Few areas of customer outreach yield the ROI of sampling. One of the hard parts, however, has been closing the loop on the purchase. By utilizing online as the connective tissue to engage customers, gather reviews/feedback and then follow through on the purchase, Sam's Club is in a strong position to set themselves up for success.
Of course I am not arguing that retail will disappear and be replaced by tech companies. However, I think the main point is, are decisions made by humans backed by tech tools or are decision made by tools back by retail gut instinct? It will be the latter.
Although I see where Ryan is headed with the power saw analogy, I am not sure it is a complete analogy in this situation. If a power saw were just a power saw, then yes. But with the technology available today, that wouldn't be the case. Imagine if the power saw remembered all of the movements it made on every single project it ever completed. Now imagine that the power saw had access to the billions of other projects around the world and throughout all of time. Imagine that the power saw had all of the reactions from the people who commissioned the work to know how well they did. Imagine, as you start a new project, that your power saw knows everything about what you like. Then imagine that it knows what millions of other people like that fit a similar profile to yours. And finally imagine that the power saw can now execute that project autonomously to a precision a human hand never could.
I would argue that you would get to a point (if we aren't there already) at which the power saw would be able to make a better decision than a carpenter on what I want (and do a better job of delivering it).
We all know that retail isn't going anywhere but the question is, will tech companies dominate retail? I am defining "dominate" retail by saying that we will reach a tipping point when retail moves from predominantly human-driven decisions backed by data to primarily tech-driven, data-based decisions augmented by humans.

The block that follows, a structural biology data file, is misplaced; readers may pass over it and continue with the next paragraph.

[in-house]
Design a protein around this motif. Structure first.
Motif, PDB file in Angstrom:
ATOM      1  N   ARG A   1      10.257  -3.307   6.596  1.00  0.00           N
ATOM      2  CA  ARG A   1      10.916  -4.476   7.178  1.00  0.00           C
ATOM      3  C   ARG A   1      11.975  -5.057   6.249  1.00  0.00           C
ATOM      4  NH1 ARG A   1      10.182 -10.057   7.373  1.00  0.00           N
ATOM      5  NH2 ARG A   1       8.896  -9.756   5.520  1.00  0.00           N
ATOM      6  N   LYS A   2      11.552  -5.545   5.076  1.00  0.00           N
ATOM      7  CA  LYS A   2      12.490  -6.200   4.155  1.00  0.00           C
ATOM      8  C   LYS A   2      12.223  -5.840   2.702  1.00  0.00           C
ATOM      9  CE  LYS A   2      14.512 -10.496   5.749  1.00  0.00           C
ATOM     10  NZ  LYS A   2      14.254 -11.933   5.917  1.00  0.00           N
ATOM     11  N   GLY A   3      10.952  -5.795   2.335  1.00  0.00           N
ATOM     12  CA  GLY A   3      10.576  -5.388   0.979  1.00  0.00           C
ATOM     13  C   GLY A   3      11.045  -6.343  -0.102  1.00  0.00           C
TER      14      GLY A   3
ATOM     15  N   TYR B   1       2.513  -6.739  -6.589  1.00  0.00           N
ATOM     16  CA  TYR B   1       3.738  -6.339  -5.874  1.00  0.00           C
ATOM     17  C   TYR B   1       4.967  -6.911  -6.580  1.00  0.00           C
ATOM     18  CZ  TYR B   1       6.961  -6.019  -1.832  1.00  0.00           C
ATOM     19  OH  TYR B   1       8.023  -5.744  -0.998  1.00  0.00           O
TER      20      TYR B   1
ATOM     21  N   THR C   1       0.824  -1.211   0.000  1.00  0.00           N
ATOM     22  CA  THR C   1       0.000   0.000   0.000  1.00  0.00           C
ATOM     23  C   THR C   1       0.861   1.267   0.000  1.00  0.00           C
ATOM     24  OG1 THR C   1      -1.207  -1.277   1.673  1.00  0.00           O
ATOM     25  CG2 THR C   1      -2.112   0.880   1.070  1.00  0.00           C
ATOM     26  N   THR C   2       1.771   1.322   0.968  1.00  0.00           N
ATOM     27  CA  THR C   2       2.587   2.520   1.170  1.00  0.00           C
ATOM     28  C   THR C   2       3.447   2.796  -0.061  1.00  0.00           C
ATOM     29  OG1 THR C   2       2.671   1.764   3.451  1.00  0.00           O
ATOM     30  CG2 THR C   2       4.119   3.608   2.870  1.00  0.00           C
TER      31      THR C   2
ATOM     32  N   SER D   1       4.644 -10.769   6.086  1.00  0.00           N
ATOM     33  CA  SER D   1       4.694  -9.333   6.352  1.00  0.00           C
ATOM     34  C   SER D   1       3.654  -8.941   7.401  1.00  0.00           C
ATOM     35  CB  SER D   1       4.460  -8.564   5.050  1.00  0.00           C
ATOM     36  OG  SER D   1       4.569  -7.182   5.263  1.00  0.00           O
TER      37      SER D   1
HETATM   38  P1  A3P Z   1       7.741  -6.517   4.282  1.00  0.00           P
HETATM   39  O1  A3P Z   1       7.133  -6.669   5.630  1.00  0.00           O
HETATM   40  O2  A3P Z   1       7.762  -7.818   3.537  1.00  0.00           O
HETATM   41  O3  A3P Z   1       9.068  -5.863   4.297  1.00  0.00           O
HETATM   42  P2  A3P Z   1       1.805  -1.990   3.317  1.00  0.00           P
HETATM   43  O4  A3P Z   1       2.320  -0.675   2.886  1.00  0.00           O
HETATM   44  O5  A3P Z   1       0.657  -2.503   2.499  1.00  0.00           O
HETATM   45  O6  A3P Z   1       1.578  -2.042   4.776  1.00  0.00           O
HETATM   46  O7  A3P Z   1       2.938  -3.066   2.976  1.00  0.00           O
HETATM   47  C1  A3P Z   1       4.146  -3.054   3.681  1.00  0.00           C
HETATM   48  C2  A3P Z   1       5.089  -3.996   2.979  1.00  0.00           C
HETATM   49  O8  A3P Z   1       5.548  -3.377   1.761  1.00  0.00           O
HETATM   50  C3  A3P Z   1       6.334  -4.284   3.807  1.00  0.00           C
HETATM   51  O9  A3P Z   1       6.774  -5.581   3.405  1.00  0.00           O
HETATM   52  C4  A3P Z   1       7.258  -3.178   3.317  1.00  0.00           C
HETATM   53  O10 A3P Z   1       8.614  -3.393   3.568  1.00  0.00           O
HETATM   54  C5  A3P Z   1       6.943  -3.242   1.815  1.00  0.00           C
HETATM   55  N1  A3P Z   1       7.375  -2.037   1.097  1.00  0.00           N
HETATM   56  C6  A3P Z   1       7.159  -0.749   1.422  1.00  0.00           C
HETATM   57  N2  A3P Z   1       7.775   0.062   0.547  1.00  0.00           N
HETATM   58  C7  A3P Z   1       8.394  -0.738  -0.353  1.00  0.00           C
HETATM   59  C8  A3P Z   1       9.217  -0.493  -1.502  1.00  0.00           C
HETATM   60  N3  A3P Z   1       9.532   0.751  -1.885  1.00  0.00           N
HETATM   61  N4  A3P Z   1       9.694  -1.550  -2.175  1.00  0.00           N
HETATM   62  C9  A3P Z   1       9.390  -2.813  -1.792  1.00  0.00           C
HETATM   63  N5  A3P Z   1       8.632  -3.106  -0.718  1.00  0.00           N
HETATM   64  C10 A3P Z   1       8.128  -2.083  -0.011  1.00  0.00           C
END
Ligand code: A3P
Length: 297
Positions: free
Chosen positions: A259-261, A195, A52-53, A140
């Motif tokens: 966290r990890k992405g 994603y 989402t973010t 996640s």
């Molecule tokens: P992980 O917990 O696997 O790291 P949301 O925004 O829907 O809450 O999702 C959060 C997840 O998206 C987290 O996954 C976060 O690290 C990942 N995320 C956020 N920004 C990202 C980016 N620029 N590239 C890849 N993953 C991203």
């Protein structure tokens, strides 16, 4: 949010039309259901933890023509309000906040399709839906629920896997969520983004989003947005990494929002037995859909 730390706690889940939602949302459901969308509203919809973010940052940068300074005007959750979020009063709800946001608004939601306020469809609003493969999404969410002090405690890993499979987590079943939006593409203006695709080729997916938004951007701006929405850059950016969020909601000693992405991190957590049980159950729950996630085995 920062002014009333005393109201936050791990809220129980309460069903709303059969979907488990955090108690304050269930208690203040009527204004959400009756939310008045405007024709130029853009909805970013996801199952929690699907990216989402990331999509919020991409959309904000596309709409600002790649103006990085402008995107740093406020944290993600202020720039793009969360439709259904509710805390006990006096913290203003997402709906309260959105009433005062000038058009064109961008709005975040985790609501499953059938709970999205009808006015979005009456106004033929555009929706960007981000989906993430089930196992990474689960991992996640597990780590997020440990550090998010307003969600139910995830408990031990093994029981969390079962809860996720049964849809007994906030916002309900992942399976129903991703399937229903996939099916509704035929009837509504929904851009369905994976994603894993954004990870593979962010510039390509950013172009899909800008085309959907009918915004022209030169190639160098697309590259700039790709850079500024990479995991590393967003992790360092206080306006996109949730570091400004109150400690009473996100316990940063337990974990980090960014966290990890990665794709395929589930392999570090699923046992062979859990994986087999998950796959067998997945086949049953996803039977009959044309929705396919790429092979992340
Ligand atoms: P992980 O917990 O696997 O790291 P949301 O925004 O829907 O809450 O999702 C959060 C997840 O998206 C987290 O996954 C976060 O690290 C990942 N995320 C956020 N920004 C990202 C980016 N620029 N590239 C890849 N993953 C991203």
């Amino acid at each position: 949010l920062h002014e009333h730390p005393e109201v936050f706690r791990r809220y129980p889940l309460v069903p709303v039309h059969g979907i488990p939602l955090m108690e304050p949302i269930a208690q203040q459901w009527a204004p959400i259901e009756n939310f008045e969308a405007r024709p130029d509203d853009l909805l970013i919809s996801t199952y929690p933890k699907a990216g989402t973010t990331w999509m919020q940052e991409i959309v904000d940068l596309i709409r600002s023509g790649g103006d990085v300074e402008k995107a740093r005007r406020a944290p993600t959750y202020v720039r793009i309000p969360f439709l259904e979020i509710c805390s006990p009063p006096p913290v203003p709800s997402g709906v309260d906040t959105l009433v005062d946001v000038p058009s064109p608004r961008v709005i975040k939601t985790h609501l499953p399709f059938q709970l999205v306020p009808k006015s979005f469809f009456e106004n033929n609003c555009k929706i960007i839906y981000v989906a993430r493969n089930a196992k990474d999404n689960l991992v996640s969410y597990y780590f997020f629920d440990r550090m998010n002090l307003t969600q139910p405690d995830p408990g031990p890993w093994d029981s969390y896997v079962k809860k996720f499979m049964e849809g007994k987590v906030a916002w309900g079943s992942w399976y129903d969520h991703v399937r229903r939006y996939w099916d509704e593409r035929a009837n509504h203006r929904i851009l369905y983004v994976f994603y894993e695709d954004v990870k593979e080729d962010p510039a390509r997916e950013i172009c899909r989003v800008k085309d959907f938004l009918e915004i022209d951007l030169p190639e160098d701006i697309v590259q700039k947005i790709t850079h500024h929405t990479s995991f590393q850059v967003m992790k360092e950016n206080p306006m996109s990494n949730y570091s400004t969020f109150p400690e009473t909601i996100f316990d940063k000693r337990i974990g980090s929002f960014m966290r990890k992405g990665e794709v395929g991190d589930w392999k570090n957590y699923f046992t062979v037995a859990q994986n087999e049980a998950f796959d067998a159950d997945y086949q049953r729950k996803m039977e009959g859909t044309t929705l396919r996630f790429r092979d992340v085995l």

I would be shocked if this was a move to cope with the success of the mobile click-and-collect activity rather than being a strategic rollout. In-store pickup was just stage one. This is stage two.
This is a growing trend and, in my opinion, it is a step in the right direction. We are seeing many shopping malls and plazas set up consolidated, click-and-collect stations in the parking lot or near the property. We are also seeing many urban, small-footprint locations being considered for click-and-collect for larger suburban retailers.
Pickup will be only one of Amazon's models to make grocery work. Grocery is a very difficult business. There are generally three things that can make it work when you roll out en masse in this vertical. Quality, unlike many other categories Fresh is very finicky. Convenience, rarely have companies been able to tackle in-store, pickup AND delivery. Scale, access to quality products fulfilled conveniently consistently and from anywhere. Amazon is positioned well to make it work.
This model can't be looked at simply by whether or not it works for AmazonFresh but how it fits into Amazon as a whole. This category is a strategic wedge for many other Amazon services so it may not even need to "work."
Online-only needs to be a proper strategic decision, not a last-ditch effort. It is generally easier to run an e-commerce site but it is extremely hard to do it well (and profitably). The biggest mistake that retailers switching to online-only make is that they digitize their real-world retail experience rather than breaking down the business and building it up from the ground. It is possible for a struggling retailer to be successful online-only but it is pretty unlikely unless they completely revise the business.
I know that it doesn't necessarily directly address the question, but can we discuss for a minute how aggressive HBC has been to build out their corner of retail? Where the default mindset in the industry has been defense, HBC has been all offense over the last few years. It is refreshing to see in this space. They would do very well with Neiman Marcus. They are solid operators who know this world well and there are two key reasons why this acquisition could work. First, with all of their other retail properties and buying power HBC now has (and is growing), there are economies of scale. Second, HBC can make some hard cuts and decisions to streamline Neiman Marcus in a way that Neiman Marcus itself can't at the moment.
The most important trend we see with brands is authenticity. Celebrity endorsements work when there is a strong affiliation but, because it comes with the notion that they are "only doing it because they are paid," it is hard for them to seem genuine, no matter what. I am a huge fan of what companies like Lululemon do. Most of their ads are employees or customers. It completely resonates with consumers.